16. Parental Rights: Appeal and Error. Where termination of parental rights is based on Neb. Rev. Stat. § 43-292(7) (Reissue 2016), appellate courts must be particularly diligent in their de novo review of whether termination of parental rights is in fact in the child's best interests.

         17. Parental Rights. Where a parent is unable or unwilling to rehabilitate himself or herself within a reasonable time, the best interests of the child require termination of the parental rights.

         18. ___ . Children cannot, and should not, be suspended in foster care or be made to await uncertain parental maturity.

          Appeal from the County Court for Garden County: Randin R. Roland, Judge. Affirmed.

          Robert S. Harvoy for appellant.

          Philip E. Pierce, Garden County Attorney, for appellee State of Nebraska.

          Jaquelin G. Leef, of Sonntag, Goodwin & Leef, PC, for appellee Veronica M.

          Steven E. Elmshaeuser, guardian ad litem.

          Moore, Chief Judge, and Pirtle and Bishop, Judges.

          Pirtle, Judge.

         I. INTRODUCTION

         Robert P. (Bob) appeals, and Veronica M. cross-appeals, from an order of the Garden County Court sitting as a juvenile court, terminating their parental rights to four of their children. Upon our de novo review of the record, we affirm the juvenile court's order.

         II. BACKGROUND

         Bob and Veronica are the parents of Becka P., born in July 2011; Robert P., Jr., born in July 2013; Thomas P., born in October 2014; and Brandy P., born in November 2016. Bob and Veronica are also the parents of a fifth child, Brittney P., [27 Neb.App. 492] born in December 2017. However, the termination trial did not involve Brittney. Accordingly, Brittney is not part of the appeal before us now and she will only be discussed as necessary to address Bob's and Veronica's assigned errors.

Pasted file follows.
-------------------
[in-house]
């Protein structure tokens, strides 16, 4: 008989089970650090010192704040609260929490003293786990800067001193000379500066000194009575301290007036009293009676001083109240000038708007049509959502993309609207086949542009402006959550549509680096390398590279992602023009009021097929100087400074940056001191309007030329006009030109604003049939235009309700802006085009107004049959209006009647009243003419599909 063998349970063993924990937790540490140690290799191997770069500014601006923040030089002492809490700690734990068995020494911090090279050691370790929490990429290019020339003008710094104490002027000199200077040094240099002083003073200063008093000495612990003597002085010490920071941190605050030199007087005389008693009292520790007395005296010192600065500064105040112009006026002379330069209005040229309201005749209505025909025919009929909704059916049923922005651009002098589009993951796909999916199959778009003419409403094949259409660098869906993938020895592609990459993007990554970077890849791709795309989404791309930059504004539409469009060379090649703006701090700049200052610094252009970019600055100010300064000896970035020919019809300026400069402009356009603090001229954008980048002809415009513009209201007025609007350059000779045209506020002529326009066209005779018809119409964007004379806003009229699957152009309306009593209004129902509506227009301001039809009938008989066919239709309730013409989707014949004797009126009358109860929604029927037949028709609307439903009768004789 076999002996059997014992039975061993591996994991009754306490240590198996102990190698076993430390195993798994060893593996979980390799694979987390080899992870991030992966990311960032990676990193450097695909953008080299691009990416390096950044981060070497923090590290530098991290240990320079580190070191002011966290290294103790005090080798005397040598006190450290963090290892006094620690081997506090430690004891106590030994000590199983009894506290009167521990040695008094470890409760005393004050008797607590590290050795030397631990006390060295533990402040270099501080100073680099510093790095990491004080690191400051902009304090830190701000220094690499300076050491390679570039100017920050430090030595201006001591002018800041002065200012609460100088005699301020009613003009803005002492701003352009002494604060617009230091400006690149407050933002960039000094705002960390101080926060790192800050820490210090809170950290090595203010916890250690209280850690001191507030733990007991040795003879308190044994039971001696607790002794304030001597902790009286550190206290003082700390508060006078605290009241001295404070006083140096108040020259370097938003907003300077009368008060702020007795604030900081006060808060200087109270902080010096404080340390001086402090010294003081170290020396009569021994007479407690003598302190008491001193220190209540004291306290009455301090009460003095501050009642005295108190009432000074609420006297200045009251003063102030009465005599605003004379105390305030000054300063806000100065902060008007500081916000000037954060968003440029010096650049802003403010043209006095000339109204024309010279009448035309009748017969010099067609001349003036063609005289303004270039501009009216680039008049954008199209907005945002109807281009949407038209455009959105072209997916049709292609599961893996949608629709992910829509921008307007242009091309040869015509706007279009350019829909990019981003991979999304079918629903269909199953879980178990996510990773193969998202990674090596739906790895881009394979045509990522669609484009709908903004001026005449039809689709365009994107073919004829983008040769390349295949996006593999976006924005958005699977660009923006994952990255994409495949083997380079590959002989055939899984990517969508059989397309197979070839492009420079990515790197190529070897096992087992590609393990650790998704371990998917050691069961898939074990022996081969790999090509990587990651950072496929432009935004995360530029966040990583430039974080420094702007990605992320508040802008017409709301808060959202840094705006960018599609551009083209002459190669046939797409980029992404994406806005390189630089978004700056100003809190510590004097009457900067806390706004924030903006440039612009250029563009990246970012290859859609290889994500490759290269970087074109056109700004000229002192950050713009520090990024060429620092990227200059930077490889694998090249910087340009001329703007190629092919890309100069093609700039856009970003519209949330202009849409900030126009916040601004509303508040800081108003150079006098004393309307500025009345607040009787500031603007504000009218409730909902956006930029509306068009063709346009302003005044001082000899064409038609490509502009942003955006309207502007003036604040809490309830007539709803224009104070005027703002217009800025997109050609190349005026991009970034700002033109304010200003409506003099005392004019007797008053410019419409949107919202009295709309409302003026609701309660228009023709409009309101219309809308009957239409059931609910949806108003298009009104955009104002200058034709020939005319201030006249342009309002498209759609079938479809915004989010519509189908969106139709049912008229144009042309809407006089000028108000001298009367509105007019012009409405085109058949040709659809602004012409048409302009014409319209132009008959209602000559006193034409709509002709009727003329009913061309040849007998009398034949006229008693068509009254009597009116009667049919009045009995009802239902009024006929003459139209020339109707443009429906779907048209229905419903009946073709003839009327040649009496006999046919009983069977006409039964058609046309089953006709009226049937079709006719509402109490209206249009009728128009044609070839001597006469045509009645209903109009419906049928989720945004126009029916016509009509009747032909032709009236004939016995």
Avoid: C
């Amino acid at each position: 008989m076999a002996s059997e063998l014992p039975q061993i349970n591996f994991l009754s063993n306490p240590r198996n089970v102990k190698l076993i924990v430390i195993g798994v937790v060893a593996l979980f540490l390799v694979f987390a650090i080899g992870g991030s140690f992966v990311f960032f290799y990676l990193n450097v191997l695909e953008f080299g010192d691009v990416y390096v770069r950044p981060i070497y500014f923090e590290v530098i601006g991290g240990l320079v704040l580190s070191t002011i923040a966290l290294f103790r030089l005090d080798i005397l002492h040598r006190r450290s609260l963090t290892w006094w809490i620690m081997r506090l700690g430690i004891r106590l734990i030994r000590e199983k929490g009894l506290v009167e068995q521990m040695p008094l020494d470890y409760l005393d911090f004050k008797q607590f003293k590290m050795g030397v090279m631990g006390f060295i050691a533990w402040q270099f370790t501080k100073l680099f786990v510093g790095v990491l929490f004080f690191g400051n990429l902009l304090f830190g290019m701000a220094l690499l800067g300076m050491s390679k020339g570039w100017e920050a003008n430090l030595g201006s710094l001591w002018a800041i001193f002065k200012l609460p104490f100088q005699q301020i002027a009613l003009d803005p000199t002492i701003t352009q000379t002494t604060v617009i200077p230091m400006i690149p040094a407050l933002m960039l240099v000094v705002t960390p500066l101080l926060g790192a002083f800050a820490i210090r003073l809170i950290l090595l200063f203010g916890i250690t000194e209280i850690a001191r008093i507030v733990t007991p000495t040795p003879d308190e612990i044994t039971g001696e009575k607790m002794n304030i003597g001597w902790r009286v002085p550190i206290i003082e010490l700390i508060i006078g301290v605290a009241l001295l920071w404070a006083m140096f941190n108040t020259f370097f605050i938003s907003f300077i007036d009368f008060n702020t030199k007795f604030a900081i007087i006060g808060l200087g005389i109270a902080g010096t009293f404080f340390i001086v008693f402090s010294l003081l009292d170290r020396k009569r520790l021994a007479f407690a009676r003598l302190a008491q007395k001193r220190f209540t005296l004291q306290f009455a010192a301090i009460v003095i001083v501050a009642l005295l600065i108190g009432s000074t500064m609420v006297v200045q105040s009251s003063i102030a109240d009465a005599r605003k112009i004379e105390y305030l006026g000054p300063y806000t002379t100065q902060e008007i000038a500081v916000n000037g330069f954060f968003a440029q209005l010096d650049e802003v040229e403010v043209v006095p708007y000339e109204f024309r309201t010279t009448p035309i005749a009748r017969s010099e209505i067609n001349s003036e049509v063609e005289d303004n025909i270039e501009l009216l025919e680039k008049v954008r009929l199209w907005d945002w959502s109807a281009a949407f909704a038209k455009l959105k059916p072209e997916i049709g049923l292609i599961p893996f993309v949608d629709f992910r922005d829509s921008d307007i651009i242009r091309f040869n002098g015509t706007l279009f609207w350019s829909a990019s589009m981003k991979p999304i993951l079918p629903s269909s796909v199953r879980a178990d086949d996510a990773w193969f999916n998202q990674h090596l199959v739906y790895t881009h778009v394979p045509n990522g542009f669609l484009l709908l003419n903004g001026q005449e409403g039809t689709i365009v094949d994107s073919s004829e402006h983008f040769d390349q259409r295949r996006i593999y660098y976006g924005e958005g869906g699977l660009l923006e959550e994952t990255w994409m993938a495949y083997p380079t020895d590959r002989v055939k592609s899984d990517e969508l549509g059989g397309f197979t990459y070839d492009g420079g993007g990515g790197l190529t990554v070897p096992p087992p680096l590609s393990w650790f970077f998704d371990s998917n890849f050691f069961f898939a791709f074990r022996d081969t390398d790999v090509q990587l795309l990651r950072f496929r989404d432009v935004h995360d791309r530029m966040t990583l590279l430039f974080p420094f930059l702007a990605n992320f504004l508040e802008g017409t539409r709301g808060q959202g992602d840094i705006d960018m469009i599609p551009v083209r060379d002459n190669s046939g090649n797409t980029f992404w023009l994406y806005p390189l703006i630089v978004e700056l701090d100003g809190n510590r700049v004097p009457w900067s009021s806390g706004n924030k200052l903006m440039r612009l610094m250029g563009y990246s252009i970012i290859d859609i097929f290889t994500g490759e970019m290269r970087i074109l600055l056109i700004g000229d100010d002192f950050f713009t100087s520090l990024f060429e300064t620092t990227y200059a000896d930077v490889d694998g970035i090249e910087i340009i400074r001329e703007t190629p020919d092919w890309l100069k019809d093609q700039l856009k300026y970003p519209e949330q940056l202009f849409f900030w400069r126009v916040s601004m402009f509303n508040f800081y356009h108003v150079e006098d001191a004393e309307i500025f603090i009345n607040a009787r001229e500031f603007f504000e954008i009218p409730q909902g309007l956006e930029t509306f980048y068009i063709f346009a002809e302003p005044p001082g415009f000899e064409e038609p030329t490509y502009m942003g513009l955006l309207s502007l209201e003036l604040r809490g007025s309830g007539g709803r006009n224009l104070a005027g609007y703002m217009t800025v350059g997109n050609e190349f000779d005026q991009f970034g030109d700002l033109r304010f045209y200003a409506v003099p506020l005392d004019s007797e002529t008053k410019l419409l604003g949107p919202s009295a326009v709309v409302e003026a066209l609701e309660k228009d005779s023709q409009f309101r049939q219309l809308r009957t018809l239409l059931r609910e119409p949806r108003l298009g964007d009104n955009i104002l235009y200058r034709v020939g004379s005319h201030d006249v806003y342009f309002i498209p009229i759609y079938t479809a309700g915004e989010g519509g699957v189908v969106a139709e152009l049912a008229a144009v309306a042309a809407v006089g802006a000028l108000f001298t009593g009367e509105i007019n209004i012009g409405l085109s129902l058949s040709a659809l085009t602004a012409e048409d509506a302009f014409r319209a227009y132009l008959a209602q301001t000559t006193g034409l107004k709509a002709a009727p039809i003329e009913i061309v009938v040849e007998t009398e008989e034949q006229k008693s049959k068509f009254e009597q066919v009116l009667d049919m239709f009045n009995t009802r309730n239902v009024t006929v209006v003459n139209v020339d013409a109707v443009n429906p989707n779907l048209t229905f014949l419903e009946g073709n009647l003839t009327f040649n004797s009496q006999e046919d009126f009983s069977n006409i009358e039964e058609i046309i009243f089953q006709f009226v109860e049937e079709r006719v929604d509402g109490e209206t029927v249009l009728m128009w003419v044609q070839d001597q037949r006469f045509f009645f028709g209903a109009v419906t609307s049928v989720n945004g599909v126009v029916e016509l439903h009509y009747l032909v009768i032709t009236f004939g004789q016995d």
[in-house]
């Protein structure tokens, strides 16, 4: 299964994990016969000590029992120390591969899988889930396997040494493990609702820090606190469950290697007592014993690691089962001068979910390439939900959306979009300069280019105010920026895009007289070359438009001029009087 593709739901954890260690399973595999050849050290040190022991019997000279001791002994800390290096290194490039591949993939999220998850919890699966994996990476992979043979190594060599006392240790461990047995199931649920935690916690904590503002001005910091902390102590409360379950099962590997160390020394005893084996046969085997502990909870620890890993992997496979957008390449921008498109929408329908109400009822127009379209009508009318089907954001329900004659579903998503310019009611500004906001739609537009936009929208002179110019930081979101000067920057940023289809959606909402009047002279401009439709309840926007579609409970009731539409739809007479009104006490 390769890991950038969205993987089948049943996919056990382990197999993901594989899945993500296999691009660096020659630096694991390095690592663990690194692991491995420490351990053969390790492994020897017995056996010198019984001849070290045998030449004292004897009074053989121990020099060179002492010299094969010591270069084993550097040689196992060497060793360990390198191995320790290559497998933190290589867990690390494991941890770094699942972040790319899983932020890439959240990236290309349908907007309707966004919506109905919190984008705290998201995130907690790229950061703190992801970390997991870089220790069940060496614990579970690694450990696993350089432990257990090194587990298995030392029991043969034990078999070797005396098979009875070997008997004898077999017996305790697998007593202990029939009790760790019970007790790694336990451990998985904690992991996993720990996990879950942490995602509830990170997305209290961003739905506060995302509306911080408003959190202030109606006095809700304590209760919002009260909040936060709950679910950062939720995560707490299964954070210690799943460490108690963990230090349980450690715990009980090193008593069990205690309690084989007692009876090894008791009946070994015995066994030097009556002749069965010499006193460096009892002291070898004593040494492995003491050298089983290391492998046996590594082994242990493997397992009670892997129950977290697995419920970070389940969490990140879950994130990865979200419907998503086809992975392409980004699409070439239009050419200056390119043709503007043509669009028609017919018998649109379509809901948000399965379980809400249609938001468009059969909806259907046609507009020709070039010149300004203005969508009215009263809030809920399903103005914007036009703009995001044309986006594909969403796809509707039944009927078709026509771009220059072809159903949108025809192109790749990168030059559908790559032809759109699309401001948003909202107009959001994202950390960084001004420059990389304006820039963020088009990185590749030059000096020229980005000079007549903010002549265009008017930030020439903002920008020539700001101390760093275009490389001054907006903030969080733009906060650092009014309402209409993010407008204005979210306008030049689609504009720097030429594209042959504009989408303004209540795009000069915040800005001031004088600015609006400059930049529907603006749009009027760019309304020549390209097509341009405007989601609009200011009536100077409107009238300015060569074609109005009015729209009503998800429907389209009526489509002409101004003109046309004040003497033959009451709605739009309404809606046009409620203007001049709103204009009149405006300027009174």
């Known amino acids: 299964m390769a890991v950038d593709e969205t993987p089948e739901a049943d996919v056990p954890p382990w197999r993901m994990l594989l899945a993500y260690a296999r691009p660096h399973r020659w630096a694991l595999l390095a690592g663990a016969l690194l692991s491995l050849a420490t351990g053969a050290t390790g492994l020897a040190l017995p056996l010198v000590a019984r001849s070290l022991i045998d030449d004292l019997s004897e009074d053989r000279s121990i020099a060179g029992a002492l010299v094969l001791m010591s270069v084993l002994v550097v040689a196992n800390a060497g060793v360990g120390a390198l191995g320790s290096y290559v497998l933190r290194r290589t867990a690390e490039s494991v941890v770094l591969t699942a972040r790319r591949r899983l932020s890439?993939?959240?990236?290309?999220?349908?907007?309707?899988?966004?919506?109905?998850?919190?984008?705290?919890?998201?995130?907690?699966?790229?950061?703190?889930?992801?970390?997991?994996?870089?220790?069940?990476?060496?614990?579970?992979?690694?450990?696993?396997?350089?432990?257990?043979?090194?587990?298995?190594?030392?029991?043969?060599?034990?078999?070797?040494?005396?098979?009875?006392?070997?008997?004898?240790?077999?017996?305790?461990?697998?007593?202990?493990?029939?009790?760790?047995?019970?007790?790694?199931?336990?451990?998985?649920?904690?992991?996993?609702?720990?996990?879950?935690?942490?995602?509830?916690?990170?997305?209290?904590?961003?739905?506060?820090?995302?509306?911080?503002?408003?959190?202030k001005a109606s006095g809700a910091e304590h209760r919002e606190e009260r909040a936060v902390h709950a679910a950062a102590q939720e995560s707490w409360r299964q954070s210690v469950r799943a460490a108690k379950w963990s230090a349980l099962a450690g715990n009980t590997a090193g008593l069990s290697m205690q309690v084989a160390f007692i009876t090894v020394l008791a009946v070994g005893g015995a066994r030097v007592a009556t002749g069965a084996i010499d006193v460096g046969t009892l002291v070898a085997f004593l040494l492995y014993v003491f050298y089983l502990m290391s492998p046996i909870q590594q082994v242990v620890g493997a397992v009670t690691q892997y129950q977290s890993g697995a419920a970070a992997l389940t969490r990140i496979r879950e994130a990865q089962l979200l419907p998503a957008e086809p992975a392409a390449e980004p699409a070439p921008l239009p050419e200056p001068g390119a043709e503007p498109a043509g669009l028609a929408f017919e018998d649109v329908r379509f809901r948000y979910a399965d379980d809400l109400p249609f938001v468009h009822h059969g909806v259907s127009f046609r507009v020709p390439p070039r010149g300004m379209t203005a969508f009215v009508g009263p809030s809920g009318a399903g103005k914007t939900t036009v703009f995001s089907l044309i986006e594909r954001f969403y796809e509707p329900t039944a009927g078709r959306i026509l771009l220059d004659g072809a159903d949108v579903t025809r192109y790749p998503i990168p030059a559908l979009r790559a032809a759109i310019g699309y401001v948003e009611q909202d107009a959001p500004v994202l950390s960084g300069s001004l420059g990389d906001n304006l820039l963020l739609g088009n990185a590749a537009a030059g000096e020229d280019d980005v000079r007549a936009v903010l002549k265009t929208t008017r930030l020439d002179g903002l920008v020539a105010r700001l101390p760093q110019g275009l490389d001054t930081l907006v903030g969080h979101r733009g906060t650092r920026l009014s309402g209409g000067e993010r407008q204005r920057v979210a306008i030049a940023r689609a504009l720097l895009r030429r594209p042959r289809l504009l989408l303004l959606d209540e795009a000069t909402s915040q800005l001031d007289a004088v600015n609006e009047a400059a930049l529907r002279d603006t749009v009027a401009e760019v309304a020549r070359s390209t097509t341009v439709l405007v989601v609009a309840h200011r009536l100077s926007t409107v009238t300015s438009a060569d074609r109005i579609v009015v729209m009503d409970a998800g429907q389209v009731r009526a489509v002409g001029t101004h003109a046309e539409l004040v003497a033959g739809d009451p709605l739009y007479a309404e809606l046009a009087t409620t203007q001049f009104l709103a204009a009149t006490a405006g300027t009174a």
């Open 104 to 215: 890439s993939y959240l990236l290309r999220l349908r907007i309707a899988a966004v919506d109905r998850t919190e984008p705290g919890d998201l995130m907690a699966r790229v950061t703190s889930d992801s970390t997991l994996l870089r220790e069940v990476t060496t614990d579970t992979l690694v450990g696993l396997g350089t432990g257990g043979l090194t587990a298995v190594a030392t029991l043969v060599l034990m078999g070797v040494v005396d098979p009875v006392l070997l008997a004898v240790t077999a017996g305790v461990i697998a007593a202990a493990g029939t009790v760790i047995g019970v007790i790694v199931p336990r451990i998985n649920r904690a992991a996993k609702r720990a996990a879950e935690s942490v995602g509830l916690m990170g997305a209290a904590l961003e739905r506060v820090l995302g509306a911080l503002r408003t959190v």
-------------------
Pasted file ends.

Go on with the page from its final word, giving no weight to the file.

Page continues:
In December 2015, separate petitions were filed to adjudicate Becka, Robert, and Thomas pursuant to Neb. Rev. Stat. § 43-247(3)(a) (Supp. 2015) based on the actions of both parents. Becka, Robert, and Thomas were adjudicated in February 2016. The basis of the adjudication was the parents' failure to use proper car seats on a regular basis. The petition also included concerns in regard to the children's being develop-mentally delayed. A petition to adjudicate Brandy was filed in December 2016, and she was adjudicated in April 2017. Becka, Robert, Thomas, and Brandy were removed from the parental home on December 16, 2016. They have remained out of the home since that time.

         On July 31, 2018, the State filed a motion for termination of Bob's and Veronica's parental rights in regard to the four children, alleging statutory grounds to terminate existed pursuant to Neb. Rev. Stat. § 43-292(2), (3), (5), (6), and (7) (Reissue 2016), and alleging that termination was in the best interests of the children. A termination trial was held over the course of 4 days in August 2018.

         The evidence showed that the family first became involved with the Nebraska Department of Health and Human Services (Department) in 2013 based on the living conditions of the home and Becka's being developmentally delayed. At that time, only Becka and Robert were born. The case was dismissed when the family moved into an acceptable home and educational services were being provided for Becka, which Bob and Veronica agreed to continue. Shortly after the case was dismissed, Bob would not allow the continuation of the educational services.

         In 2015, the Department investigated the family on two separate occasions based on intakes involving allegations of abuse and neglect. Voluntary services were offered to the [27 Neb.App. 493] family both times, but they were denied. As previously stated, the present case began in January 2016 when petitions to adjudicate Becka, Robert, and Thomas were filed. The petition to adjudicate Brandy was filed in December 2016.

         Sonya Oliverius, who supervises caseworkers for the Department, became involved with the case when Becka, Robert, and Thomas were adjudicated in February 2016. She testified that during her time assigned to the case, Bob did not want to participate in services that were offered by the Department and would argue with her or tell her that either she or the Department had done something wrong. She testified that Veronica "pretty much followed whatever Bob's directions were" and that Bob made all the decisions. Oliverius testified that Bob had threatened her life and that he made her aware he knew where she lived, her husband's name, and what school and daycare her children attended. As a result of Bob's threats and innuendos, Oliverius obtained a protection order against him in December ...